and I had to go through extra steps to get my birth certificate to match the name I changed to in the 1970's.

Also after my third round of signed letters from doctors were not accepted, I realized I needed to have them review the letters prior to getting them signed. First they had wanted more details about my medical prognosis and then they wanted briefer letters. They required that I focus on objective physical limitations, not fears of my future deterioration. Then the letters were older then 4 months so I had to get current letters. I recommend that anyone going through their process have them review the letters prior to going to get one's doctor to sign it and put it on his letter head. My last round of 2 MD letters involved me sending them draft letters, getting their feedback on how to change the letters to meet their standard, and then talking with them on the phone to get permission to not include some of the language about assisted suicide they recommended. So on round 4, I was able to get them two current MD letters, one from a psychologist, that met their standards. My other communication with them was by email and USPS air mail.

21% of the people they service have this, not terminal illnesses as their reason for ending their life.
I plan to “exit early by choice,” earlier than when my body wears out more, because of not wanting to live/suffer through much more of being older/old. I choose to be in charge till the end of my life now that “enough is enough.” My feeling is that my life is complete as reflected by my conclusion that “My life has been a good run.” I am unusual because I have chosen to take responsibility for the timing of my death.

The following is my list of 6 reasons for exiting early by choice:
 5%    1.)  Exchanging meals, food, and socializing with my peers is evaporating.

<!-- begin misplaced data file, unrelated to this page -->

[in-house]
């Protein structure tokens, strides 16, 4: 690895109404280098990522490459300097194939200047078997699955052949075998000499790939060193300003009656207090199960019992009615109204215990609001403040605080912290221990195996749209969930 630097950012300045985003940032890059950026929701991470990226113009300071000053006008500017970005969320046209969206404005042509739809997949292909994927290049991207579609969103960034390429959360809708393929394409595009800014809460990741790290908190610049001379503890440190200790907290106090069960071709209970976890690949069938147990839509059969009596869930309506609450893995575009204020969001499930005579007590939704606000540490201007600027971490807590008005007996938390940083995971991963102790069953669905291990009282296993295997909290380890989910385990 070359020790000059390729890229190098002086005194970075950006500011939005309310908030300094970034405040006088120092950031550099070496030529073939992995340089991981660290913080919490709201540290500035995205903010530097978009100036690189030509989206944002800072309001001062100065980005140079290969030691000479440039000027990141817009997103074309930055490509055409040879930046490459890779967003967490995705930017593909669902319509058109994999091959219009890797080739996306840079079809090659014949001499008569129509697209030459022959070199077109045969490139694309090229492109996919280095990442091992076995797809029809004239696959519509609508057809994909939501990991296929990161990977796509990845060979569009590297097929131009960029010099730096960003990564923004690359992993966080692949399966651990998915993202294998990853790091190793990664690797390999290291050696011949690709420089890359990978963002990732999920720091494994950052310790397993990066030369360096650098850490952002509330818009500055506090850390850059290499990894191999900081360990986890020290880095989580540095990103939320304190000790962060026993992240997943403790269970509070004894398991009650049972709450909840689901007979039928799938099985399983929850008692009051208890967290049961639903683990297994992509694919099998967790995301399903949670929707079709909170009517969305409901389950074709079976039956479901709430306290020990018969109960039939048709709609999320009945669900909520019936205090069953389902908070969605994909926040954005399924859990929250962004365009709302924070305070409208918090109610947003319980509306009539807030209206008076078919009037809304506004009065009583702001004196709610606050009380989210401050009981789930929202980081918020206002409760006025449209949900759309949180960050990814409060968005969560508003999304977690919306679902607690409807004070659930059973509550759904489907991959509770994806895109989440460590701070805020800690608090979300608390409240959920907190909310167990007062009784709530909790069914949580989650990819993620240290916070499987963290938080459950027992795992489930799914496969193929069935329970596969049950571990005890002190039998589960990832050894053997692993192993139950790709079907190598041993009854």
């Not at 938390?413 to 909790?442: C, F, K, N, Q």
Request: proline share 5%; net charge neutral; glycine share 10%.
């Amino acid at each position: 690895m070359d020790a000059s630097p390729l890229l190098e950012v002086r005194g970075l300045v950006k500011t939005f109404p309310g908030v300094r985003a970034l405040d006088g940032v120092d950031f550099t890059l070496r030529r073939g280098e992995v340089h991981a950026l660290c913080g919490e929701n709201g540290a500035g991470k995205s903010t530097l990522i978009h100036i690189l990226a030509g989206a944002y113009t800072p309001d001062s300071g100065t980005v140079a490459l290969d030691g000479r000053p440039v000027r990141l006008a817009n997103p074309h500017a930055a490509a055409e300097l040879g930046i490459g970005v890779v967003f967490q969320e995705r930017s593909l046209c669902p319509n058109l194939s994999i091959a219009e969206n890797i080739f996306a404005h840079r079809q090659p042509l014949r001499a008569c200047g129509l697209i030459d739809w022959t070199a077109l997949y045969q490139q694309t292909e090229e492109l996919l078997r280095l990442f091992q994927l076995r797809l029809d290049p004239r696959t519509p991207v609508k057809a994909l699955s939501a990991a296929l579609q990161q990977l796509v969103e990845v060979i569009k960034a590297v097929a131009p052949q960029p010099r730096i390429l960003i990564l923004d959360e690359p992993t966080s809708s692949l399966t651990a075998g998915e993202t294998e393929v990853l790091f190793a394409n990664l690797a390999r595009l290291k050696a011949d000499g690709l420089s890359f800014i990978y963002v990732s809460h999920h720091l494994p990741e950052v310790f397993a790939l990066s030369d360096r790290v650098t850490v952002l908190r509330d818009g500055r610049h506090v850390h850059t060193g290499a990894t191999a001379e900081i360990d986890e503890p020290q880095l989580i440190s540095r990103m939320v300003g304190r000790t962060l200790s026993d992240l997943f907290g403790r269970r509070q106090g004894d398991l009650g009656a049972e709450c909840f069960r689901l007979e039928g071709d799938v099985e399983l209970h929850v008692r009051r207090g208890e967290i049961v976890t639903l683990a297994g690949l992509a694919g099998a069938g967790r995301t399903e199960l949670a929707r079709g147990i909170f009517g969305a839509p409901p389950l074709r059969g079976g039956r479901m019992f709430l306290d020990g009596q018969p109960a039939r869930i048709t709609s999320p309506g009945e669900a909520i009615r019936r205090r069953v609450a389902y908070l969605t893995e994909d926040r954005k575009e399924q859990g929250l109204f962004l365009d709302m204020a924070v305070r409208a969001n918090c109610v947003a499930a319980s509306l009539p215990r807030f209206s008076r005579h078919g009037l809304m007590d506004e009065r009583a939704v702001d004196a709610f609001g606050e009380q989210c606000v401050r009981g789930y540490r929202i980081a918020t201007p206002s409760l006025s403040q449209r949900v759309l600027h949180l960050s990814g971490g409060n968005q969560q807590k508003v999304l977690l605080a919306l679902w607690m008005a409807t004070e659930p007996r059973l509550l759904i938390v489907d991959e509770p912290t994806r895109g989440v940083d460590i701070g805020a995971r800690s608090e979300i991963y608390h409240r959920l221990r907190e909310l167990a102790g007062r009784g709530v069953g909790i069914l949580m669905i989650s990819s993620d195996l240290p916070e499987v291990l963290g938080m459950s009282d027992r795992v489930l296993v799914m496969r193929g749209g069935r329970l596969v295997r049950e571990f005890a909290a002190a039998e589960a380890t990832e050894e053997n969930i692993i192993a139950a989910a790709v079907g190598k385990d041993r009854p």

27%    2.)  To leave $ for people and causes I want to support. 50% people, 50% causes.
21%    3.)  To stop having to limit what I do, due to environmental sensitivities.
27%    4.)   Enough already of dealing with the limitations of a disabled body, exacerbated by the aging process.
15 %   5.) An increasing % of what I want to do electronically and on the web, is a burden or impossible.
 5%    6.)   I might run out of money.
100%

1.)  As a solo ager, with no partner or dependents, my stopping to live will be a loss, but not create a major problem for anyone.
2.)  The main source of my money is having sold the house I lived in. I had saved a little money in an IRA while working as a house remodeler, and I had inherited ½ a million $ from my parents 20 years ago, which we thought would be enough for me to live on for the rest of my life. But before I sold the house I was becoming house rich and cash poor.
3. & 4.)  I know what it takes to live elegantly with a disability, but how I spend my time has tipped downward, in terms of even being able to care for myself, much less contribute to this wonderful world.
5.) The newer methods of communicating are increasingly beyond my capacity.
6.) I feel good when I can contribute money despite having less and less time to support what I believe in. Acting now accomplishes this. Delaying does the opposite.